Graphic Art, Comics, and History

coloured pencils on left hand side of a grey background.

Some days it is really obvious why I love my job.  This week as part of doing lecture and class prep I spent some time revisiting my favourite history themed web-comics, graphic novels, and graphic arts projects.

My drawing skills are pretty much nil. But I love the idea of using graphic arts as a way to interpret history, communicate history beyond the academy, and challenge historical narratives.  Historians who can draw and decide to disseminate their work via comics amaze me.  I also love historian/artist partnerships that show a shared appreciation for historical narratives and art making.

Graphic novels have been shown to encourage reluctant readers while building vocabulary and a they have a lot of power as educational tools for both young and mature audiences.  Graphic arts informed by history are a great example of creative public history, outreach, and finding ways to reach audiences where they are.

I have written about a few of the below elsewhere, but they are still so good that I couldn’t resist sharing again. In no particular order here are some of my favourite graphic representations of history:

    • Hark! A Vagrant and essentially anything created by Kate Beaton.  Beaton’s humorous approach to Canadian and international history tickles my funny bone.  I particularly love her Prime Minister focused comics, French Revolution series, and anything she does relating to the Bronte sisters.  Bonus – if you have kids Beaton’s The Princess and the Pony book is adorable.  It includes a strong female character and a farting pony that kids love.
    • Remember | Resist | Redraw: A Radical Poster Project by the Graphic History Collective.  This project provides alternative narratives relating to well known events and highlights the experiences of Indigenous people, women, and under represented groups.  The posters and their accompanying essays are fantastic educational resources that show how graphic history can be used to challenge mainstream narratives.
    • Louis Riel: A Comic-Strip Biography by Chester Brown. Originally created as a serialized comic (1999-2003) and later published as a graphic novel Brown’s work focuses on Riel’s relationship with the Canadian government, the Red River Resistance, and Riel’s death.  Brown’s work includes a foreword, index, and end notes and is a great example of comics being used as a form of biography and historical scholarship.  The novel reached best-seller status in Canada and saw general success in the mainstream publishing market.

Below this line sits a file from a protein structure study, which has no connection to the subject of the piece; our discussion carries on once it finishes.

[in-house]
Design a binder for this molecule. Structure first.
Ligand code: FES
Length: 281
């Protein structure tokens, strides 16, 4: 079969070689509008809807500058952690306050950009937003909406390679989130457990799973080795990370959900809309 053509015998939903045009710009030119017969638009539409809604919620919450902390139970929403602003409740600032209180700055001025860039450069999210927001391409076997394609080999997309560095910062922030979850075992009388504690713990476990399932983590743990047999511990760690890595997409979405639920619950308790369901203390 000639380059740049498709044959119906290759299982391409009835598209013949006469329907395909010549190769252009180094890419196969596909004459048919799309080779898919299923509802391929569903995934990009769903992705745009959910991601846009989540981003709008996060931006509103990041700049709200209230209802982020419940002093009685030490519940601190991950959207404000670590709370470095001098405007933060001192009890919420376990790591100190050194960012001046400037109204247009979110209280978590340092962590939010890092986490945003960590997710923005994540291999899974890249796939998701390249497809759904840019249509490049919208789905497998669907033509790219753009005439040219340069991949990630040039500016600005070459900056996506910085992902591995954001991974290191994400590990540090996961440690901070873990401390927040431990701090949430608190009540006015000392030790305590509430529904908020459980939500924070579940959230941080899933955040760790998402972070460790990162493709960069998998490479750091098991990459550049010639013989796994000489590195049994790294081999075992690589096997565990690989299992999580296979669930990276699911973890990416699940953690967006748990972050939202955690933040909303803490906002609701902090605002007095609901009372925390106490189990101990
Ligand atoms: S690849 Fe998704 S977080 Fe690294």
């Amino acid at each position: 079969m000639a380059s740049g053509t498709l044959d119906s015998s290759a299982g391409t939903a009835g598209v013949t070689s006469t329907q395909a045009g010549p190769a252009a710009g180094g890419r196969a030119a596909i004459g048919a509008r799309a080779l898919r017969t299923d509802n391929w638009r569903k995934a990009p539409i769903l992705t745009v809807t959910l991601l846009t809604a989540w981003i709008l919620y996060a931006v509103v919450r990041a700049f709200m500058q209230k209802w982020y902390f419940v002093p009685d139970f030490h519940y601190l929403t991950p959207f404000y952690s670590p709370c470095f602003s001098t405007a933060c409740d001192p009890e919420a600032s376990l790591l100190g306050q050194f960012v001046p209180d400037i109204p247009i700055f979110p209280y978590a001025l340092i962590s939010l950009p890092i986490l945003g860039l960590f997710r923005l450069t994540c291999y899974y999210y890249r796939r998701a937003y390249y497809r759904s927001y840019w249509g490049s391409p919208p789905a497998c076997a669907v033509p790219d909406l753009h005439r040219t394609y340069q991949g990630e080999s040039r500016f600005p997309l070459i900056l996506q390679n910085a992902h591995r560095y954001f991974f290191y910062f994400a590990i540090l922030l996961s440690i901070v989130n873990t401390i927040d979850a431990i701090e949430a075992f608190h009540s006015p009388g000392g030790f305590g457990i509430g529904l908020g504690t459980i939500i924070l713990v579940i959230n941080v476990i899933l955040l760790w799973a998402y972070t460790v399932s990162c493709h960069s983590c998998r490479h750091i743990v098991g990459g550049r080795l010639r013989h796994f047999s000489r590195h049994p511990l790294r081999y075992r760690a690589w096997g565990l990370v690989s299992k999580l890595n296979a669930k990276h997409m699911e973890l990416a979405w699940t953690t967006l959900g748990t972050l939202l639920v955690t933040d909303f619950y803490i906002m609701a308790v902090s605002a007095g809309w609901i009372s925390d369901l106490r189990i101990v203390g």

• Maus by Art Spiegelman. This Pulitzer Prize winning graphic novel depicts Spiegelman interviewing his father about his experience during the Holocaust.  All of the humans in the story are depicted as animals. The Jewish race is drawn as mice and the Germans as cats. The comic is a graphic representation of the oral history that Spiegelman’s father shared with him.
    • Radioactive: Marie and Pierre Curie, A Tale of Love and Fallout by Lauren Redniss.  Another biography style graphic novel.  I’ve added this one to the list not only because of its historical context but because of how beautiful the book is.  It was a delight to read and I could spend ages just looking at the images.

Photo credit: Photo by Kelli Tungay on Unsplash

Graphic Novels and History Education

What to superheros, anime, and history education have in common? They can all be found in graphic comic format.   Recently a number of publishers, historians, and education professionals have attempted to make lessons of history more tangible.  This has contributed to a variety of history based graphic novels being produced.

This month Renegade Arts and Entertainment released The Loxelys and the War of 1812.  This hardcover graphic novel chronicles the experience of Canadian family living in the Niagara region during the war of 1812.  The family’s experience and the colourful accompanying graphics are framed by actual historical events.  The graphic novel covers bits of perspectives from the American, Canadian, and Indigenous sides.  The target audience is children over the age of ten, making this a more kid friendly than adult oriented publication.  However, The Loxelys have the potential to provide an introduction of the War of 1812 to a wide range of school aged children.

There are graphic novels covering a surprisingly wide range of historical topics. Some of the more interesting novels I’ve come across include:

  • A number of works by Rick Geary focus on history in the 19th and early 20th century.  Geary’s works cover topics such as the assassination of Lincoln, a biography of Trotsky, the Lindbergh kidnapping and number of other topics. 
  • The Age of Bronze series by Eric Shanower.  This series explores the Trojan War via graphic novel at a level that would appeal to youth and with a surprising amount of historical detail.
  • Maus by Art Spiegelman.  This graphic novel does a good job of broaching a difficult historical topic, Maus focuses on the experience of Art’s father in concentration camps during the Holocaust.  The comic addresses the Holocaust in a way which is educational, powerful, and appropriate for youth to adults.